First half guest Dr. Glen MacPherson has spent many years documenting the strange phenomenon known as "the Hum." MacPherson said that the sound was first reported in England in 1970, and spread to the U.S. in about 1990. He reports that the sound plagues about two to four percent of the population, who can hear it almost all of the time, although it sometimes gets worse at night. To most people, the sound is like hearing a truck idling outside, but MacPherson added that it "may not be a sound in the traditional sense of the word." The Hum can cause headaches, nausea, and loss of sleep, and "at least one or two people may have taken their own lives due to the torment," MacPherson believes. He has personally experienced the noise as well.
MacPherson reported on research that the human body may be able to perceive radio and other frequencies in the electromagnetic spectrum, so that the Hum may be a something produced by an effect that makes us perceive it as sound. A strange quality of the mystery is that it gets worse when people try to plug their ears or use noise-cancelling headphones. As far as he has been able to determine, the Hum is not due to tinnitus, underground construction, or "smart" electric power meters, as some have theorized. There seems to be no way to stop the Hum, and he is "not aware of anyone who has escaped it." It has been reported all over the world and he has documented over 9000 reports (see images.)
As for sources for this disturbing occurrence, MacPherson's best guess is that it is consistent with the advent of powerful Very Low Frequency (VLF) devices used by the world's major military powers. These transmitters are used for communication with submarines, since the low frequency radio waves can travel all around the Earth and through the oceans with very little signal loss. Although there is no concrete explanation as yet, MacPherson hopes that people will continue to report their experiences on his website and that "those in positions of responsibility need to come forward" to help solve the riddle.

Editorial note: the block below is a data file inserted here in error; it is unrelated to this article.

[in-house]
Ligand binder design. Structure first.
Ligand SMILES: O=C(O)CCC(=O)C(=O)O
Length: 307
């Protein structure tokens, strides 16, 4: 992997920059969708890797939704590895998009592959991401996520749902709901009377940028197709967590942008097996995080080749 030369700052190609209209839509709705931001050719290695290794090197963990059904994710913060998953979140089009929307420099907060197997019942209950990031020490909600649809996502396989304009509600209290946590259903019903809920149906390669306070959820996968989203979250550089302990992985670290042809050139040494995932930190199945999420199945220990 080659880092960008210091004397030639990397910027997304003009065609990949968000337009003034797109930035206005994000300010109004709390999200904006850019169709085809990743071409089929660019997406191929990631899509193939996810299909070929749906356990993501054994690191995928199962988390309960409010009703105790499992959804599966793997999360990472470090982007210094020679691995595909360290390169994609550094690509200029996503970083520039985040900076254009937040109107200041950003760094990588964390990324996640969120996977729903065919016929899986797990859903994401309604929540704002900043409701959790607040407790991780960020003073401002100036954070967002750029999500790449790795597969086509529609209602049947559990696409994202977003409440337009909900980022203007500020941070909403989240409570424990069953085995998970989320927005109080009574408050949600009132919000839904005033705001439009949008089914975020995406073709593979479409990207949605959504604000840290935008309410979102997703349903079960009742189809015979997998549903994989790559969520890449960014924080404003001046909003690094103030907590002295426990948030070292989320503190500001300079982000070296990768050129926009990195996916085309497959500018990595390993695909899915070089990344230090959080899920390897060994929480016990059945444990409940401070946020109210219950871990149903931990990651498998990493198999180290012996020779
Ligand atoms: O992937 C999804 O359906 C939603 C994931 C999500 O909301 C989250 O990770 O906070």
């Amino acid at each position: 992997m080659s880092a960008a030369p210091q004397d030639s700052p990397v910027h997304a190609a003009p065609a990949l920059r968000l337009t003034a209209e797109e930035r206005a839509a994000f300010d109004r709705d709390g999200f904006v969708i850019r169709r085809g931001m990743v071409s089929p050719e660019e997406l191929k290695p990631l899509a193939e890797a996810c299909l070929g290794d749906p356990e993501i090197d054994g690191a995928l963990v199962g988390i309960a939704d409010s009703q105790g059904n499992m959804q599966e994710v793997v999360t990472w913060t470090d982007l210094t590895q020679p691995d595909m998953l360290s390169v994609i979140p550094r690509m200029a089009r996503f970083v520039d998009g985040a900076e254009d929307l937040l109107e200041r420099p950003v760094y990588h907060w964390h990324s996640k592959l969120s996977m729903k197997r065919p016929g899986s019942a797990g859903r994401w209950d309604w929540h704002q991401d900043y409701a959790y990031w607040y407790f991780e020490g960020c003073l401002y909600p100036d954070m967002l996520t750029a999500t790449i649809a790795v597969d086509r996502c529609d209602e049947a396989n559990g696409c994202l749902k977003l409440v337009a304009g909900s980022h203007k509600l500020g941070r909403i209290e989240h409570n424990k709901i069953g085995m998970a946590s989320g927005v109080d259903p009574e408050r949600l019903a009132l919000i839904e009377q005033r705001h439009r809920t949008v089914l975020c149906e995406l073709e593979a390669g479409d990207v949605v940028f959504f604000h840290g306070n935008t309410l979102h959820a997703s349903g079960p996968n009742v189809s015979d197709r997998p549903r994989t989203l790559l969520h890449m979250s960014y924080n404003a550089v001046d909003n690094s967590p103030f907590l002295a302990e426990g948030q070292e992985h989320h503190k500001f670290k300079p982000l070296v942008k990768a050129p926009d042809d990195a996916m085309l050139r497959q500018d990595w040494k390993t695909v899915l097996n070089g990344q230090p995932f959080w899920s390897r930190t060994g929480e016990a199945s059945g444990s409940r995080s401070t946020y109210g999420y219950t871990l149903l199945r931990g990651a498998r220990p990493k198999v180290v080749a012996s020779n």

In the second half, listeners called in with their stories of the Hum. Lee Anne from San Diego said she first noticed it in 1987 and it got so bad that she was committed to a mental institution on multiple occasions. A caller from Missouri said that the sounds are correlated with areas of mass shootings and that the more he researched the sound, the less it seemed to bother him. George told a story about his granddaughter and a set of dolls that mysteriously appeared in a box years after they were thrown out. Callers responded with similar tales of reappearing keepsakes.